3. Persistence is key for your success
Napoleon saw the importance in persistence in attaining victory. We would see that most evidently in his coming back to take the throne of France even after he was exiled.
Whatever you do, remember that consistent effort will be the key of your success. You can start off failing a few times, but it is your ability to come back and try again that will ensure your success in the long run.
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Best Quotes from
One should never forbid what one lacks the power to prevent.
Riches do not consist in the possession of treasures, but in the use made of them.
The word impossible is not in my dictionary.
There are only two forces in the world, the sword and the spirit. In the long run the sword will always be conquered by the spirit.
A picture is worth a thousand words.
Nothing is more difficult, and therefore more precious, than to be able to decide.
One must change one’s tactics every ten years if one wishes to maintain one’s superiority.
The truest wisdom is a resolute determination.
A leader is a dealer in hope.
There is one kind of robber whom the law does not strike at, and who steals what is most precious to men: time.
There is only one step from the sublime to the ridiculous.
Victory belongs to the most persevering.
It requires more courage to suffer than to die.
Let the path be open to talent.
Music is the voice that tells us that the human race is greater than it knows.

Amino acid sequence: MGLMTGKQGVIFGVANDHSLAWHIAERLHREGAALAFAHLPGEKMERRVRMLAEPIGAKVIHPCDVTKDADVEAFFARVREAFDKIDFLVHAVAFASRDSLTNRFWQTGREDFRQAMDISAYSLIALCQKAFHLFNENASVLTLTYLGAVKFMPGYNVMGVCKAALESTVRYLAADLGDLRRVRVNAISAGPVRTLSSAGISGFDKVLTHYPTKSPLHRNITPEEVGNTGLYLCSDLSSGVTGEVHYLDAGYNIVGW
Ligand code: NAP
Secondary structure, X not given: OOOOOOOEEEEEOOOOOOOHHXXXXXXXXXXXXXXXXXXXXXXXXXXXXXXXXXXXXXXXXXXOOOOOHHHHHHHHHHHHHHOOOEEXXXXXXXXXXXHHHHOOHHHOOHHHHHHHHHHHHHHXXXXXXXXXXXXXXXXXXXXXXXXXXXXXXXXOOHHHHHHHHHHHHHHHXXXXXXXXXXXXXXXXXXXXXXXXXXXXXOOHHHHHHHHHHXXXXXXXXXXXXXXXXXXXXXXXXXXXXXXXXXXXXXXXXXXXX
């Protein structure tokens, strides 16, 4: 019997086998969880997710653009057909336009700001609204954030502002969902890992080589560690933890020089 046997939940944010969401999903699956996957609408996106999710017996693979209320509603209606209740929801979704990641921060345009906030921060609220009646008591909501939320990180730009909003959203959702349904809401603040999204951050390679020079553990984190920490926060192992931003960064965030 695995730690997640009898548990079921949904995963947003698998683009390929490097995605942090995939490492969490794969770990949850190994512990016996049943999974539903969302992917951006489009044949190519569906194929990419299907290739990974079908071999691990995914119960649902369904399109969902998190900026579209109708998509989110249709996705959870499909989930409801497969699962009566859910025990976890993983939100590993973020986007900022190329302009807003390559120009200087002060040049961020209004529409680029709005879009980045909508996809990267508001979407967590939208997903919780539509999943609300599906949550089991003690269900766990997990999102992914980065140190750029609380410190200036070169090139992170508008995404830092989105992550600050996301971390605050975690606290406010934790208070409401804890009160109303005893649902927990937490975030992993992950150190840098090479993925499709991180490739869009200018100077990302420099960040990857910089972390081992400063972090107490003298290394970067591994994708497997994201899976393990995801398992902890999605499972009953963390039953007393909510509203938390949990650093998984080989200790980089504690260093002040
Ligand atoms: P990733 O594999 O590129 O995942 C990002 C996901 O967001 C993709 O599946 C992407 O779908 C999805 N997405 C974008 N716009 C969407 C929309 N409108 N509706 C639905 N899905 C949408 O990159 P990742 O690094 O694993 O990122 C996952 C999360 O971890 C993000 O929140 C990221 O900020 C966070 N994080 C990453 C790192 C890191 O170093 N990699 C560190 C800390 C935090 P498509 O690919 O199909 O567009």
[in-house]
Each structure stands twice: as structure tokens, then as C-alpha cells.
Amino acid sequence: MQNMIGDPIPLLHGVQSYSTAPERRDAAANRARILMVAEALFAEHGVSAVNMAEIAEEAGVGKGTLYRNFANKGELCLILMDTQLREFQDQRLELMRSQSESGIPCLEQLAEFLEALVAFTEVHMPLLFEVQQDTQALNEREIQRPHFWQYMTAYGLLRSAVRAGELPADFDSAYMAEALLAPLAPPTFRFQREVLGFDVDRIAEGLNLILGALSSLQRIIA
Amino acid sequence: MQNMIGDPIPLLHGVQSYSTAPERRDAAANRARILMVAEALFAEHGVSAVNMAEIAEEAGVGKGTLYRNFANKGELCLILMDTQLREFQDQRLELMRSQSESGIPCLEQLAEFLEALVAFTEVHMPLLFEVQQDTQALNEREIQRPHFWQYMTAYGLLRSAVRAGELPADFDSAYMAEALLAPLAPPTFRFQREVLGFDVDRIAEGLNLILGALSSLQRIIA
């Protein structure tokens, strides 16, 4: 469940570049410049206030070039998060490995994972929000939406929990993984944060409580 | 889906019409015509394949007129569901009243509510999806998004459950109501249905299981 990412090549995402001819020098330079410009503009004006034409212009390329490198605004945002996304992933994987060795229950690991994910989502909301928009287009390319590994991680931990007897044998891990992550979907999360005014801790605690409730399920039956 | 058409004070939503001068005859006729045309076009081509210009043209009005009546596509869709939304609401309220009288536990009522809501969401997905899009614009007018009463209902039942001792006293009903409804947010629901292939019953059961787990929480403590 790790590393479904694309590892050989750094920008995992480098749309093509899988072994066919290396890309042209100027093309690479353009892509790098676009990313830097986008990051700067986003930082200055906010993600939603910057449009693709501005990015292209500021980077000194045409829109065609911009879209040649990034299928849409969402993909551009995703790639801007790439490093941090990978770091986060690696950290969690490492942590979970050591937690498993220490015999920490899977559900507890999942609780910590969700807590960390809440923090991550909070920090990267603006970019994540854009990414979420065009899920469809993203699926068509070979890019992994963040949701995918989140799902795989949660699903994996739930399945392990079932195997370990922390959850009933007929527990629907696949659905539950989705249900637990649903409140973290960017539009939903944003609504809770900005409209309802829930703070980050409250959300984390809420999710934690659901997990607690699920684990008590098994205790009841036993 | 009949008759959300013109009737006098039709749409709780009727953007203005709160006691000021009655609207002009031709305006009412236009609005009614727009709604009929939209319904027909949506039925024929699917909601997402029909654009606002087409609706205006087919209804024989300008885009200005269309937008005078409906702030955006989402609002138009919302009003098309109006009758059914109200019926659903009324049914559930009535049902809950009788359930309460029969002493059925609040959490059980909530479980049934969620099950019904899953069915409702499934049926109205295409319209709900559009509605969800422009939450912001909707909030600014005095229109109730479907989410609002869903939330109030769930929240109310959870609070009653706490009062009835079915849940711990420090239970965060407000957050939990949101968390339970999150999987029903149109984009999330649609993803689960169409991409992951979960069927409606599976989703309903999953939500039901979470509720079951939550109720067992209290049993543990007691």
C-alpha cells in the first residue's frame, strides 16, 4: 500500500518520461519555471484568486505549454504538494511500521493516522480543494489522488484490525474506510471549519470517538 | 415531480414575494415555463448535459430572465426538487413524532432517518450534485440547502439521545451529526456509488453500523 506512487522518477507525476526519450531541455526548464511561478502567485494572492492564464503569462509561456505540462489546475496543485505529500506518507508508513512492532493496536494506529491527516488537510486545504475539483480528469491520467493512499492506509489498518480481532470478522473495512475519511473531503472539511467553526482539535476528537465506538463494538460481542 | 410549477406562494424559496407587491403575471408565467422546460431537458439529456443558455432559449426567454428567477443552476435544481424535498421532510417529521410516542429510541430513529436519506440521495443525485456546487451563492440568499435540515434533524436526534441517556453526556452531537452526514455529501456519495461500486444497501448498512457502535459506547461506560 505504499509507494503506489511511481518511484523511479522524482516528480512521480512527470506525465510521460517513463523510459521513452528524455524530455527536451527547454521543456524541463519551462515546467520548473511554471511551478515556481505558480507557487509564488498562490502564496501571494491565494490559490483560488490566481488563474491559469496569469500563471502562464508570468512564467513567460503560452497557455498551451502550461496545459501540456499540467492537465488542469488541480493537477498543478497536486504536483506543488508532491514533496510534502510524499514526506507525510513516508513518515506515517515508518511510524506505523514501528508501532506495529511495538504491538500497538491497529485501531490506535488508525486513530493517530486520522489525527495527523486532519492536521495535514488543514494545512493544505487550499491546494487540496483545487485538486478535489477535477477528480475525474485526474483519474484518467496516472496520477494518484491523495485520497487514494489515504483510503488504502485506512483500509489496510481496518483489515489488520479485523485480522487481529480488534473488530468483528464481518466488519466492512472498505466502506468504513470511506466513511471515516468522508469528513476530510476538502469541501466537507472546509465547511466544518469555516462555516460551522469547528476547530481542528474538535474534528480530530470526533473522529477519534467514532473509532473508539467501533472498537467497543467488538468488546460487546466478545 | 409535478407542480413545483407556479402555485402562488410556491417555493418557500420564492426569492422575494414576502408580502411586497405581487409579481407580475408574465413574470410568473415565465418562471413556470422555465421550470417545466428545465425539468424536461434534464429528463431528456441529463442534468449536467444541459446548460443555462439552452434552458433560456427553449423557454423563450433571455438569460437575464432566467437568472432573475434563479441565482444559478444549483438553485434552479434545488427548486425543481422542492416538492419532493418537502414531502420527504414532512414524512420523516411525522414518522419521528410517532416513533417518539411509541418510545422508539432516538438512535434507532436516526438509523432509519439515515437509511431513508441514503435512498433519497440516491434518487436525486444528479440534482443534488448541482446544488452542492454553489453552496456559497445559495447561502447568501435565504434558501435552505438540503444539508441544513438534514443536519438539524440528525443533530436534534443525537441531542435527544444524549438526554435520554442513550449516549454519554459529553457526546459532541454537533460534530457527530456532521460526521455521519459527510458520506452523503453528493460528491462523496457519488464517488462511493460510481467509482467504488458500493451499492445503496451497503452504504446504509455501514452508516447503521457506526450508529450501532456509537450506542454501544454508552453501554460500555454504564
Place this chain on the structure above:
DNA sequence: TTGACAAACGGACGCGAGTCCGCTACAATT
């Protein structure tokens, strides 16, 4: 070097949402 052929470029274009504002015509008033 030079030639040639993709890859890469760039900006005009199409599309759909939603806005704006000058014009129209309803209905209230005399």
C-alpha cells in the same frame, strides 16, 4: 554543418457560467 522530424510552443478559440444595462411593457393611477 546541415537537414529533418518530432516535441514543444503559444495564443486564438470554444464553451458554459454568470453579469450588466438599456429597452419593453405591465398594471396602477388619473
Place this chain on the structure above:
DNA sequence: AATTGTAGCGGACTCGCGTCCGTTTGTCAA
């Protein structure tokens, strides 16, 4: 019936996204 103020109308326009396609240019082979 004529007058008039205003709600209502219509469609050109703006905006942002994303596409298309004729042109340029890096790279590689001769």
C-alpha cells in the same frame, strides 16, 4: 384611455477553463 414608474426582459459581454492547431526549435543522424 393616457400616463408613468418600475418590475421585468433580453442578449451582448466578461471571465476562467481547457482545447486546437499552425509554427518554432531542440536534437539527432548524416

Take time to deliberate, but when the time for action has arrived, stop thinking and go in.
When small men attempt great enterprises, they always end by reducing them to the level of their mediocrity.
With audacity one can undertake anything, but not do everything.
You must not fear death, my lads; defy him, and you drive him into the enemy’s ranks.
The best cure for the body is a quiet mind.
The best way to keep one’s word is not to give it.
Death is nothing, but to live defeated and inglorious is to die daily.
Four hostile newspapers are more to be feared than a thousand bayonets.
Great ambition is the passion of a great character. Those endowed with it may perform very good or very bad acts. All depends on the principles which direct them.
Imagination rules the world.
Impossible is a word to be found only in the dictionary of fools.
A true man hates no one.
You must not fight too often with one enemy, or you will teach him all your art of war.
Courage is like love; it must have hope for nourishment.
Ability is nothing without opportunity.
The first virtue in a soldier is endurance of fatigue; courage is only the second virtue.
It is the cause, not the death that makes the martyr.
Ten people who speak make more noise than ten thousand who are silent.
Videos about Napoleon’s Leadership
The Video Biography of Napoleon
Battle Of Waterloo
Wikipedia: A highly detailed account of Napoleon’s life
Napoleon.org: Official Site of Napoleon